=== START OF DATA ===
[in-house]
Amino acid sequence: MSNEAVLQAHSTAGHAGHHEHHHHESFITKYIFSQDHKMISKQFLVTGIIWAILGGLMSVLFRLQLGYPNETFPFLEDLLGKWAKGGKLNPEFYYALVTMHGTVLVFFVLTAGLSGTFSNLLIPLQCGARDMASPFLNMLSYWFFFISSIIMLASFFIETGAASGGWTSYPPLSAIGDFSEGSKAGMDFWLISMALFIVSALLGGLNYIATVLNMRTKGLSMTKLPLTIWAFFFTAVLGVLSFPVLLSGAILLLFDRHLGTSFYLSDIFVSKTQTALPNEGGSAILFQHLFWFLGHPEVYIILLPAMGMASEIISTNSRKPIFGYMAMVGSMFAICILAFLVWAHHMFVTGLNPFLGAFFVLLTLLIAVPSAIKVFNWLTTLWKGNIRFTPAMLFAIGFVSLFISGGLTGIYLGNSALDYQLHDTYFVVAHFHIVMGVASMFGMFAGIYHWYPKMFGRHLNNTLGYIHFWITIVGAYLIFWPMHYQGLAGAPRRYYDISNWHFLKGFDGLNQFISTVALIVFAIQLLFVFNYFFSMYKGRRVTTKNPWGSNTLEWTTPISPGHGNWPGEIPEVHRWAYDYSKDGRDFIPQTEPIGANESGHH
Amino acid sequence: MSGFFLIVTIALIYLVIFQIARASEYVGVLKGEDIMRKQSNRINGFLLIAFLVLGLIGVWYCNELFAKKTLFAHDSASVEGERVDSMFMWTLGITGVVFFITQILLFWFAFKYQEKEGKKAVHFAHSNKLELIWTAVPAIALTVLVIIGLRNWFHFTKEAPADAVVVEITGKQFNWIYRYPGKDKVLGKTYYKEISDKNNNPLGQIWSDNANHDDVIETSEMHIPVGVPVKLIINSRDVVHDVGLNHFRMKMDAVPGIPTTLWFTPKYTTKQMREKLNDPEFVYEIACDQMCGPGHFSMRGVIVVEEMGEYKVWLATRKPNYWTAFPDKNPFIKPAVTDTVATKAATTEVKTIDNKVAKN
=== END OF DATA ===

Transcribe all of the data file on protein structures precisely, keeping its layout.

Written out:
[in-house]
Amino acid sequence: MSNEAVLQAHSTAGHAGHHEHHHHESFITKYIFSQDHKMISKQFLVTGIIWAILGGLMSVLFRLQLGYPNETFPFLEDLLGKWAKGGKLNPEFYYALVTMHGTVLVFFVLTAGLSGTFSNLLIPLQCGARDMASPFLNMLSYWFFFISSIIMLASFFIETGAASGGWTSYPPLSAIGDFSEGSKAGMDFWLISMALFIVSALLGGLNYIATVLNMRTKGLSMTKLPLTIWAFFFTAVLGVLSFPVLLSGAILLLFDRHLGTSFYLSDIFVSKTQTALPNEGGSAILFQHLFWFLGHPEVYIILLPAMGMASEIISTNSRKPIFGYMAMVGSMFAICILAFLVWAHHMFVTGLNPFLGAFFVLLTLLIAVPSAIKVFNWLTTLWKGNIRFTPAMLFAIGFVSLFISGGLTGIYLGNSALDYQLHDTYFVVAHFHIVMGVASMFGMFAGIYHWYPKMFGRHLNNTLGYIHFWITIVGAYLIFWPMHYQGLAGAPRRYYDISNWHFLKGFDGLNQFISTVALIVFAIQLLFVFNYFFSMYKGRRVTTKNPWGSNTLEWTTPISPGHGNWPGEIPEVHRWAYDYSKDGRDFIPQTEPIGANESGHH
Amino acid sequence: MSGFFLIVTIALIYLVIFQIARASEYVGVLKGEDIMRKQSNRINGFLLIAFLVLGLIGVWYCNELFAKKTLFAHDSASVEGERVDSMFMWTLGITGVVFFITQILLFWFAFKYQEKEGKKAVHFAHSNKLELIWTAVPAIALTVLVIIGLRNWFHFTKEAPADAVVVEITGKQFNWIYRYPGKDKVLGKTYYKEISDKNNNPLGQIWSDNANHDDVIETSEMHIPVGVPVKLIINSRDVVHDVGLNHFRMKMDAVPGIPTTLWFTPKYTTKQMREKLNDPEFVYEIACDQMCGPGHFSMRGVIVVEEMGEYKVWLATRKPNYWTAFPDKNPFIKPAVTDTVATKAATTEVKTIDNKVAKN